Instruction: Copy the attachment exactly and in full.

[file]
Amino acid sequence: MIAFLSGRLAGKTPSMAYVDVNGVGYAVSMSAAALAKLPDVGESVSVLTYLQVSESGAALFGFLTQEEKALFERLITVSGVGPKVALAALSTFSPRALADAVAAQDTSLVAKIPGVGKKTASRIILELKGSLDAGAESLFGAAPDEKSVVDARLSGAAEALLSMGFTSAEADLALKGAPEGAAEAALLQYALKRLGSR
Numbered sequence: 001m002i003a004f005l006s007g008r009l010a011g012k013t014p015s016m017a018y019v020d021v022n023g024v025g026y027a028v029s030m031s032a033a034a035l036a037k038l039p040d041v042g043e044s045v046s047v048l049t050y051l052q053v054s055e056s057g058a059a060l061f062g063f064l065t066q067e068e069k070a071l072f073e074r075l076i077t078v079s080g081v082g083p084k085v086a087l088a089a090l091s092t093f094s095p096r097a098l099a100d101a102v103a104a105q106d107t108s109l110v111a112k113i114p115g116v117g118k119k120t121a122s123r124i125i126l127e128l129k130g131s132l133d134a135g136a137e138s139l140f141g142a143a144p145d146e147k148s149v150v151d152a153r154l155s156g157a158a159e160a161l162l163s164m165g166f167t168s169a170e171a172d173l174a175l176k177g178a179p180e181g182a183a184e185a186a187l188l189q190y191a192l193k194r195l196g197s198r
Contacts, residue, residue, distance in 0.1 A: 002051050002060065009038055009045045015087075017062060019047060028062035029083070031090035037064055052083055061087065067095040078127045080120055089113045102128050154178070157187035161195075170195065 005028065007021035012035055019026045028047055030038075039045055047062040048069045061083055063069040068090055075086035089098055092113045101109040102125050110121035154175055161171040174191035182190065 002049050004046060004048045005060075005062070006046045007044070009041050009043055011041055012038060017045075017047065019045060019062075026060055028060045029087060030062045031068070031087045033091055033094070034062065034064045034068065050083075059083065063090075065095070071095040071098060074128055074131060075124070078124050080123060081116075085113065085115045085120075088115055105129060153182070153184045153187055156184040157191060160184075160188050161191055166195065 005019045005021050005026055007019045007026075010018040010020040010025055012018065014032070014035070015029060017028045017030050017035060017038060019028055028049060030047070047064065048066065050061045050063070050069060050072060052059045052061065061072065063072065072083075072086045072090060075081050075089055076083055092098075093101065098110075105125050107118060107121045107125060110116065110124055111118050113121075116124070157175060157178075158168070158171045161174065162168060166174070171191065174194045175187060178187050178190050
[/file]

Amino acid sequence: MIAFLSGRLAGKTPSMAYVDVNGVGYAVSMSAAALAKLPDVGESVSVLTYLQVSESGAALFGFLTQEEKALFERLITVSGVGPKVALAALSTFSPRALADAVAAQDTSLVAKIPGVGKKTASRIILELKGSLDAGAESLFGAAPDEKSVVDARLSGAAEALLSMGFTSAEADLALKGAPEGAAEAALLQYALKRLGSR
Numbered sequence: 001m002i003a004f005l006s007g008r009l010a011g012k013t014p015s016m017a018y019v020d021v022n023g024v025g026y027a028v029s030m031s032a033a034a035l036a037k038l039p040d041v042g043e044s045v046s047v048l049t050y051l052q053v054s055e056s057g058a059a060l061f062g063f064l065t066q067e068e069k070a071l072f073e074r075l076i077t078v079s080g081v082g083p084k085v086a087l088a089a090l091s092t093f094s095p096r097a098l099a100d101a102v103a104a105q106d107t108s109l110v111a112k113i114p115g116v117g118k119k120t121a122s123r124i125i126l127e128l129k130g131s132l133d134a135g136a137e138s139l140f141g142a143a144p145d146e147k148s149v150v151d152a153r154l155s156g157a158a159e160a161l162l163s164m165g166f167t168s169a170e171a172d173l174a175l176k177g178a179p180e181g182a183a184e185a186a187l188l189q190y191a192l193k194r195l196g197s198r
Contacts, residue, residue, distance in 0.1 A: 002051050002060065009038055009045045015087075017062060019047060028062035029083070031090035037064055052083055061087065067095040078127045080120055089113045102128050154178070157187035161195075170195065 005028065007021035012035055019026045028047055030038075039045055047062040048069045061083055063069040068090055075086035089098055092113045101109040102125050110121035154175055161171040174191035182190065 002049050004046060004048045005060075005062070006046045007044070009041050009043055011041055012038060017045075017047065019045060019062075026060055028060045029087060030062045031068070031087045033091055033094070034062065034064045034068065050083075059083065063090075065095070071095040071098060074128055074131060075124070078124050080123060081116075085113065085115045085120075088115055105129060153182070153184045153187055156184040157191060160184075160188050161191055166195065 005019045005021050005026055007019045007026075010018040010020040010025055012018065014032070014035070015029060017028045017030050017035060017038060019028055028049060030047070047064065048066065050061045050063070050069060050072060052059045052061065061072065063072065072083075072086045072090060075081050075089055076083055092098075093101065098110075105125050107118060107121045107125060110116065110124055111118050113121075116124070157175060157178075158168070158171045161174065162168060166174070171191065174194045175187060178187050178190050